The OECD’s release of its report, OECD Environmental Outlook to 2050, late last week has the potential to reignite the discussion of the role of fossil fuels in our energy mix and climate change; I hope that is the case. This blog, when it has addressed energy issues, has maintained a pragmatic view toward our energy supply. I know that pragmatism is eschewed by many today, but pragmatism leads many of us to accept that the development of fossil fuels is essential to our economic prosperity. It also leads many of us to accept that growth in the use of fossil fuels like oil and gas will continue for many years and to support increased investment in energy-related R&D. That pragmatism is why this blog has argued for the exploitation of shale beds for natural gas while supporting more R&D associated with renewable energy sources like solar or algae.
Although the full report will be released in March 2012, the OECD has already presented its key findings. I believe that a knee-jerk dismissal of this report would be a real error. Pragmatism about the role of fossil fuels and the potential role of renewables in our energy mix should lead us to embrace science, including climate science. But science will not give us definitive answers. The preliminary report, while containing policy implications about which there should be reasonable debate, states its conclusions in probabilistic terms that are associated with a sound scientific model.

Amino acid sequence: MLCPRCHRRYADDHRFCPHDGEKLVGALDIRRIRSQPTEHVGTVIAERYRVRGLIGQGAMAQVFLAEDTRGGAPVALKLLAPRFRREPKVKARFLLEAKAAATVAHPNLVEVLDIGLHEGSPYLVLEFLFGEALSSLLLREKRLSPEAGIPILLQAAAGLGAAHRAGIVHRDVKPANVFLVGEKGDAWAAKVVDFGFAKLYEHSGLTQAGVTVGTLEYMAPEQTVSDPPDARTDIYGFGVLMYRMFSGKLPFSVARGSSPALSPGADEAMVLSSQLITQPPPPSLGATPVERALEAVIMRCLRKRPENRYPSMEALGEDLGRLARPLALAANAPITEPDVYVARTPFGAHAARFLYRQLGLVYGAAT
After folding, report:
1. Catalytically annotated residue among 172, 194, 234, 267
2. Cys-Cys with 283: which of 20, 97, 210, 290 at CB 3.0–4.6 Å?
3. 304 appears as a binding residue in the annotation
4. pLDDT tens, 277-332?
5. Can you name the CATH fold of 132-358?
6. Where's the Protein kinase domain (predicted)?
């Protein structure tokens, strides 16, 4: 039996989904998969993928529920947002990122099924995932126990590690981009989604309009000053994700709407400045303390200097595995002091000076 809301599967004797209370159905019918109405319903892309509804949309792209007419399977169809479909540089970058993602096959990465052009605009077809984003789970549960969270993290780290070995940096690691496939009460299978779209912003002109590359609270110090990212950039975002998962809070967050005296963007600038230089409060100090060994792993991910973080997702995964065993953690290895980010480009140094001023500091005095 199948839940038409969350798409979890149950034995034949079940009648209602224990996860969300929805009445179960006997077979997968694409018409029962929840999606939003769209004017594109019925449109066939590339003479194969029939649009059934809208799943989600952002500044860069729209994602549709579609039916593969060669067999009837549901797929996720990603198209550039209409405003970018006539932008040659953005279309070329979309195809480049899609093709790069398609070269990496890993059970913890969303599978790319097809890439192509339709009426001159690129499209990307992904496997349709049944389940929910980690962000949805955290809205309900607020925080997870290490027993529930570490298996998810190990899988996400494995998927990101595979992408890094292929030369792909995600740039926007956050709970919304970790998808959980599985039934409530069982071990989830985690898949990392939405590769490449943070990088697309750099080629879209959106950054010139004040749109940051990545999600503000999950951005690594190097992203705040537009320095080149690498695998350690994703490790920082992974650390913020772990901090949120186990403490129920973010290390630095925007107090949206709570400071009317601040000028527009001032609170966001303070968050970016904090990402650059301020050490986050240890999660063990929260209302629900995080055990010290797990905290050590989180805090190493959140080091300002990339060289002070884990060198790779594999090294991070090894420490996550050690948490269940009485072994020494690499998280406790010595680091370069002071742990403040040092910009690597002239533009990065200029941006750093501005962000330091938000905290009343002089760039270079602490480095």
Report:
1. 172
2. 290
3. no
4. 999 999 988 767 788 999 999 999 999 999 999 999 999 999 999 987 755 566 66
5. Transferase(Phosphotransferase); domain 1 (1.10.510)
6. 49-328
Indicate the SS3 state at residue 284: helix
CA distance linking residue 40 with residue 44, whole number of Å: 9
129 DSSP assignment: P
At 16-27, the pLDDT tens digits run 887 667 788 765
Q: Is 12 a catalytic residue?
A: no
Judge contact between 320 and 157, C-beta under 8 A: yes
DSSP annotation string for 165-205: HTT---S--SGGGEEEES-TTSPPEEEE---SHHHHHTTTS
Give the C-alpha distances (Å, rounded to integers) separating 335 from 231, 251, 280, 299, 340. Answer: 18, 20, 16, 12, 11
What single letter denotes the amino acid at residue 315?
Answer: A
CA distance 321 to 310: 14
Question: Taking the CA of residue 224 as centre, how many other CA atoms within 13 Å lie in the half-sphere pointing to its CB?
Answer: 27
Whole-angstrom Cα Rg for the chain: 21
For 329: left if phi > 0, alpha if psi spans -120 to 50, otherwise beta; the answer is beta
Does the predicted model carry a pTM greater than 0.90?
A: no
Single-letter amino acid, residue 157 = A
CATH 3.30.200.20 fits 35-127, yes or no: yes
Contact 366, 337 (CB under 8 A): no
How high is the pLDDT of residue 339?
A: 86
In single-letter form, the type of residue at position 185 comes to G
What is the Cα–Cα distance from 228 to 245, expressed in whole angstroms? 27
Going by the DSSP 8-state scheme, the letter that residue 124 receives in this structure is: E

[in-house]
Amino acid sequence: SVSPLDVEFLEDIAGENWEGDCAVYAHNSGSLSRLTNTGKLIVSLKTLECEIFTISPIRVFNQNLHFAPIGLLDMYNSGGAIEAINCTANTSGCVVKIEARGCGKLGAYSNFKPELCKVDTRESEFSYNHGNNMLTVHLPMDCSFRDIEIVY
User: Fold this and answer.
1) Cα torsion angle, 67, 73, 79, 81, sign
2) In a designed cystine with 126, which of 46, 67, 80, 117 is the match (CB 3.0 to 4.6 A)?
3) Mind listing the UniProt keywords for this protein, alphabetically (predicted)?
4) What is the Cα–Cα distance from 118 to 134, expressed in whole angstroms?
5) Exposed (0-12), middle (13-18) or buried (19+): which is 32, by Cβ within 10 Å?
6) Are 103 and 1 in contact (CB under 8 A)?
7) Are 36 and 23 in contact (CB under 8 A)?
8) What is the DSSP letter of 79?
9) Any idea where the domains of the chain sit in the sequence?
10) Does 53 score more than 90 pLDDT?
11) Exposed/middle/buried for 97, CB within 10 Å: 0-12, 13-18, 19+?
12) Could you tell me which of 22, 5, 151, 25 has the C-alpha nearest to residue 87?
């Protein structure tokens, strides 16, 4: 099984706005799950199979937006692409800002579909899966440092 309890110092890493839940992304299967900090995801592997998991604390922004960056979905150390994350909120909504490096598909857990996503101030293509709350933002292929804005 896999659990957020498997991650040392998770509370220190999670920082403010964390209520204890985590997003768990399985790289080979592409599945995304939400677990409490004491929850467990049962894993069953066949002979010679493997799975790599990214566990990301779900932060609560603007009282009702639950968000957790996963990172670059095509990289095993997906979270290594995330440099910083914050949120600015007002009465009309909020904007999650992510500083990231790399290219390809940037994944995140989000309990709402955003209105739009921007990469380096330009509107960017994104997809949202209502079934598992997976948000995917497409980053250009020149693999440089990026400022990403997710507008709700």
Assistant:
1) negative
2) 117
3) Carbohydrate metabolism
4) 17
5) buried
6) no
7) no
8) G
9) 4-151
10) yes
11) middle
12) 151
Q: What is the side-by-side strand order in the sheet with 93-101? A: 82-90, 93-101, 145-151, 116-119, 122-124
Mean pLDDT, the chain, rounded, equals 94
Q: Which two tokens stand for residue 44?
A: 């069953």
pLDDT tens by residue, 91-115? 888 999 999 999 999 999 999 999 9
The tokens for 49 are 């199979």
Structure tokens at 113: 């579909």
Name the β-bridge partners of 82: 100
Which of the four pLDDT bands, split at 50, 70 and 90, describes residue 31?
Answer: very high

Without more ambitious policies, the Baseline projects that atmospheric concentration of GHG (greenhouse gases) would reach almost 685 parts per million (ppm) CO2-equivalents by 2050. This is well over the concentration level of 450 ppm required to have at least a 50% chance of stabilising the climate at 2 degrees (2°C) global average temperature increase . . .
Our reaction to this 50% probability should be one that is pragmatic, neither leading us to adopt policy measures that stagnate economic recovery and growth nor ignore what some have labeled as the catastrophic potential of human-induced climate change from our use of fossil fuels.
The work that is being done in materials science has, as this blog has observed before, significant potential for our energy future. While I have primarily focused in the blog on R&D associated with solar energy, there is much work that is being done on increasing our capacity to capture and sequester carbon that is released from the burning of fossil fuels. This work in materials science contrasts starkly with the more widespread discussion of geologic sequestration of CO2. For example, one article published this past year in Applied Energy examined the fabrication and characterization of superhydrophobic polypropylene hollow fiber membranes. The science reported in this article addresses the potential for making modifications in a membrane for use in CO2 absorption.
Like related materials research, this work offers optimism about our potential capacity to mitigate atmospheric carbon release while continuing to use fossil fuels. The OECD report is good news, especially if it leads us to pragmatic action like that associated with the increased recovery and use of cleaner natural gas, the investigation of means to mitigate the release of carbon with fossil fuel use or the development of renewable alternatives to fossil fuels.